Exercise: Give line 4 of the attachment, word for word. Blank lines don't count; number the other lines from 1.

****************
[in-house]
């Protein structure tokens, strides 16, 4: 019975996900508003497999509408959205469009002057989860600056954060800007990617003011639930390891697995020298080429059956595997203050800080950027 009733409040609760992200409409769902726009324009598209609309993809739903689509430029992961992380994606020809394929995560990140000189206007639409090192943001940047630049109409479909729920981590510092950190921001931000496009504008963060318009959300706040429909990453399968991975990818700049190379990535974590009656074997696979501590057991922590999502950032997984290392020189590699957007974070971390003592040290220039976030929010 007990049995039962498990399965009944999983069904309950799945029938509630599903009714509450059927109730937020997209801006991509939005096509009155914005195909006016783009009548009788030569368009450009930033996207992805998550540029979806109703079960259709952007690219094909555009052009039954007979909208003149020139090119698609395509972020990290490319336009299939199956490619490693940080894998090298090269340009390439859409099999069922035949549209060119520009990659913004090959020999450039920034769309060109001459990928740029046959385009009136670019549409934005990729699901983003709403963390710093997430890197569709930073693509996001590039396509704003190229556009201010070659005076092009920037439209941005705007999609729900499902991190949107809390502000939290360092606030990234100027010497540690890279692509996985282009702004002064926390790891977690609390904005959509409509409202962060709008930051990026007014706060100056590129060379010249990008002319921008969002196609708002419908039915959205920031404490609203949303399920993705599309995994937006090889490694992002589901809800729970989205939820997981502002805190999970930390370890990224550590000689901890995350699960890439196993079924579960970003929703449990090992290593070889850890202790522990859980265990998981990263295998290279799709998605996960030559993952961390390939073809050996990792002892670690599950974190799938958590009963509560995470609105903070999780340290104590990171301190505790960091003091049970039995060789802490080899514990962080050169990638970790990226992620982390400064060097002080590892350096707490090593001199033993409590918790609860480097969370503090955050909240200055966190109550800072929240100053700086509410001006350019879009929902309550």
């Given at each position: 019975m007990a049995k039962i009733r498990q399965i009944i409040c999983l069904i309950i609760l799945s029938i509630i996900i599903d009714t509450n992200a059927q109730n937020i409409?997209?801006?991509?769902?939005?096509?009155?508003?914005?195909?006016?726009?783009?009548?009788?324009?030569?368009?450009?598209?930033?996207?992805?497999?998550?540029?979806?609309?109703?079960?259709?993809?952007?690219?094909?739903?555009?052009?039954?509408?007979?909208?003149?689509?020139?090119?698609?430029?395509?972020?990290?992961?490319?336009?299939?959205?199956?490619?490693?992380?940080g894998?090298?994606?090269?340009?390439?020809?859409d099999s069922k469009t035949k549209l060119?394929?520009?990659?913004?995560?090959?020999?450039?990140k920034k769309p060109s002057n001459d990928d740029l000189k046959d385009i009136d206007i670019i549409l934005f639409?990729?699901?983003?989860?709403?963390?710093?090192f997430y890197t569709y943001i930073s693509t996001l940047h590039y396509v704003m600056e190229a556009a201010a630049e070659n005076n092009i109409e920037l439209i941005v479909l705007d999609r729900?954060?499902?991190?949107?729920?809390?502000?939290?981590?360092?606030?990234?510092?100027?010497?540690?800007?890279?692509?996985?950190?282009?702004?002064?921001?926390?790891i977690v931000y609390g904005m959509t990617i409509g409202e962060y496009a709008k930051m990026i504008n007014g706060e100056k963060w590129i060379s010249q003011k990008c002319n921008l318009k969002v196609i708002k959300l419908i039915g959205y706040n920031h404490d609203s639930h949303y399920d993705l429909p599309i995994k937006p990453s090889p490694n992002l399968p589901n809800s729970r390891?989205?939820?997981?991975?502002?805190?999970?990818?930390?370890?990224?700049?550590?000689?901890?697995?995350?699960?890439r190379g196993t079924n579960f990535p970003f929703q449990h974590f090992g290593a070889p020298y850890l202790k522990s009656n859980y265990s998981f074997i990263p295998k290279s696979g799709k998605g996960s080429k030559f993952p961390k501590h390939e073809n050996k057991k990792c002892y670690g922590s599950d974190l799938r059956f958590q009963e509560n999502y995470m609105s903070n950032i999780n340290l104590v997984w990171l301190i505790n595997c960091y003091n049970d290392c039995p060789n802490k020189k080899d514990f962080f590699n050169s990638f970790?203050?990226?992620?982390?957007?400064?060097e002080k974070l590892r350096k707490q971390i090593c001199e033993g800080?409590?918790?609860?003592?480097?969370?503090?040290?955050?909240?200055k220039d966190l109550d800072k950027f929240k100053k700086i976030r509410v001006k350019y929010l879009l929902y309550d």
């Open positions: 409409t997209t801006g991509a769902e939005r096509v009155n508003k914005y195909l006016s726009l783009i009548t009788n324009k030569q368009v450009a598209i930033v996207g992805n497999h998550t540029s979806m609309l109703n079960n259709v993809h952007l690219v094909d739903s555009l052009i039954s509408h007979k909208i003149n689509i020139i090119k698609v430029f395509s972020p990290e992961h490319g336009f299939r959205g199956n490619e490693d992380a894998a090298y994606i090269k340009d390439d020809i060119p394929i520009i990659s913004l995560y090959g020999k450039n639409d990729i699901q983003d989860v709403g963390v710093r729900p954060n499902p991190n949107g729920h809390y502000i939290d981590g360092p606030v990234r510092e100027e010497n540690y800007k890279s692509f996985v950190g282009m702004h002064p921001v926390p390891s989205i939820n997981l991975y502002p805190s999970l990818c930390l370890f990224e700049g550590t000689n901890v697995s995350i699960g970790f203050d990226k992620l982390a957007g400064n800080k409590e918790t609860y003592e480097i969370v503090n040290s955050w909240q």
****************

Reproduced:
């Open positions: 409409t997209t801006g991509a769902e939005r096509v009155n508003k914005y195909l006016s726009l783009i009548t009788n324009k030569q368009v450009a598209i930033v996207g992805n497999h998550t540029s979806m609309l109703n079960n259709v993809h952007l690219v094909d739903s555009l052009i039954s509408h007979k909208i003149n689509i020139i090119k698609v430029f395509s972020p990290e992961h490319g336009f299939r959205g199956n490619e490693d992380a894998a090298y994606i090269k340009d390439d020809i060119p394929i520009i990659s913004l995560y090959g020999k450039n639409d990729i699901q983003d989860v709403g963390v710093r729900p954060n499902p991190n949107g729920h809390y502000i939290d981590g360092p606030v990234r510092e100027e010497n540690y800007k890279s692509f996985v950190g282009m702004h002064p921001v926390p390891s989205i939820n997981l991975y502002p805190s999970l990818c930390l370890f990224e700049g550590t000689n901890v697995s995350i699960g970790f203050d990226k992620l982390a957007g400064n800080k409590e918790t609860y003592e480097i969370v503090n040290s955050w909240q």